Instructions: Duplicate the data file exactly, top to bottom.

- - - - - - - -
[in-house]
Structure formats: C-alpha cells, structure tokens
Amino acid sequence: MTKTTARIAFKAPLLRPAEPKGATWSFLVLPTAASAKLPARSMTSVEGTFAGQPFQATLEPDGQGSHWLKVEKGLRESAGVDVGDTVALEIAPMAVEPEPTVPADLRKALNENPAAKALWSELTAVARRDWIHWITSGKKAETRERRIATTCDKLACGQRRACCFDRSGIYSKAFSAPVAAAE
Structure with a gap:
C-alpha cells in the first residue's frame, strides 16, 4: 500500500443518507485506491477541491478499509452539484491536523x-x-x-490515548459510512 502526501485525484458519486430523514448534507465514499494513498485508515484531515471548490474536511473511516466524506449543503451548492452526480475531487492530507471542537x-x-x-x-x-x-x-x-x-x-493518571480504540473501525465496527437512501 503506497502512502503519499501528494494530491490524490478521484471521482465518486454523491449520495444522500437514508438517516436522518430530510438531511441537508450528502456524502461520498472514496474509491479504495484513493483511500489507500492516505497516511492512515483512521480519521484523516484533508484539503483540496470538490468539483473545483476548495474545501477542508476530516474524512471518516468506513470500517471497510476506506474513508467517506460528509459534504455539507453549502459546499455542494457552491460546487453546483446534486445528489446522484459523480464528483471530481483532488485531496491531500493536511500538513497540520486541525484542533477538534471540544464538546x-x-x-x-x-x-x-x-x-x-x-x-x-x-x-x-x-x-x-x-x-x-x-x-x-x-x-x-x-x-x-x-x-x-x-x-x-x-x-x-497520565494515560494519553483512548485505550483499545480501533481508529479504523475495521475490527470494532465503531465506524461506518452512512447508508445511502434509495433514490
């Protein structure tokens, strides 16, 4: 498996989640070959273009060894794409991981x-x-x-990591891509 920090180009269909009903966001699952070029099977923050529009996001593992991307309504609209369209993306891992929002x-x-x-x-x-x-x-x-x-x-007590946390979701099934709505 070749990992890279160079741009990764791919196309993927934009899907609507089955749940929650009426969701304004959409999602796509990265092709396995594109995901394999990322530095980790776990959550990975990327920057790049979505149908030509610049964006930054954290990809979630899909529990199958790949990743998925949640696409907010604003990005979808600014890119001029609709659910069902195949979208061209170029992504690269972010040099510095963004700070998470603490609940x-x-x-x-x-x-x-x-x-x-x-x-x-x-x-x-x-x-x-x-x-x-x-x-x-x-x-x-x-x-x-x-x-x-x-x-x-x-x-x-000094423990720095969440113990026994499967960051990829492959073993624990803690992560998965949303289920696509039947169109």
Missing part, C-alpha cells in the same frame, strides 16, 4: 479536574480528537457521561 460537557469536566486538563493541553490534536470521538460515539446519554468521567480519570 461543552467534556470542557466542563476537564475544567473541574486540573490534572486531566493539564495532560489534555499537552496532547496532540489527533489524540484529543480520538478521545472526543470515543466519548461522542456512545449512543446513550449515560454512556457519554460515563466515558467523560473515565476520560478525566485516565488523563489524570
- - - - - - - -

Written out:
[in-house]
Structure formats: C-alpha cells, structure tokens
Amino acid sequence: MTKTTARIAFKAPLLRPAEPKGATWSFLVLPTAASAKLPARSMTSVEGTFAGQPFQATLEPDGQGSHWLKVEKGLRESAGVDVGDTVALEIAPMAVEPEPTVPADLRKALNENPAAKALWSELTAVARRDWIHWITSGKKAETRERRIATTCDKLACGQRRACCFDRSGIYSKAFSAPVAAAE
Structure with a gap:
C-alpha cells in the first residue's frame, strides 16, 4: 500500500443518507485506491477541491478499509452539484491536523x-x-x-490515548459510512 502526501485525484458519486430523514448534507465514499494513498485508515484531515471548490474536511473511516466524506449543503451548492452526480475531487492530507471542537x-x-x-x-x-x-x-x-x-x-493518571480504540473501525465496527437512501 503506497502512502503519499501528494494530491490524490478521484471521482465518486454523491449520495444522500437514508438517516436522518430530510438531511441537508450528502456524502461520498472514496474509491479504495484513493483511500489507500492516505497516511492512515483512521480519521484523516484533508484539503483540496470538490468539483473545483476548495474545501477542508476530516474524512471518516468506513470500517471497510476506506474513508467517506460528509459534504455539507453549502459546499455542494457552491460546487453546483446534486445528489446522484459523480464528483471530481483532488485531496491531500493536511500538513497540520486541525484542533477538534471540544464538546x-x-x-x-x-x-x-x-x-x-x-x-x-x-x-x-x-x-x-x-x-x-x-x-x-x-x-x-x-x-x-x-x-x-x-x-x-x-x-x-497520565494515560494519553483512548485505550483499545480501533481508529479504523475495521475490527470494532465503531465506524461506518452512512447508508445511502434509495433514490
């Protein structure tokens, strides 16, 4: 498996989640070959273009060894794409991981x-x-x-990591891509 920090180009269909009903966001699952070029099977923050529009996001593992991307309504609209369209993306891992929002x-x-x-x-x-x-x-x-x-x-007590946390979701099934709505 070749990992890279160079741009990764791919196309993927934009899907609507089955749940929650009426969701304004959409999602796509990265092709396995594109995901394999990322530095980790776990959550990975990327920057790049979505149908030509610049964006930054954290990809979630899909529990199958790949990743998925949640696409907010604003990005979808600014890119001029609709659910069902195949979208061209170029992504690269972010040099510095963004700070998470603490609940x-x-x-x-x-x-x-x-x-x-x-x-x-x-x-x-x-x-x-x-x-x-x-x-x-x-x-x-x-x-x-x-x-x-x-x-x-x-x-x-000094423990720095969440113990026994499967960051990829492959073993624990803690992560998965949303289920696509039947169109």
Missing part, C-alpha cells in the same frame, strides 16, 4: 479536574480528537457521561 460537557469536566486538563493541553490534536470521538460515539446519554468521567480519570 461543552467534556470542557466542563476537564475544567473541574486540573490534572486531566493539564495532560489534555499537552496532547496532540489527533489524540484529543480520538478521545472526543470515543466519548461522542456512545449512543446513550449515560454512556457519554460515563466515558467523560473515565476520560478525566485516565488523563489524570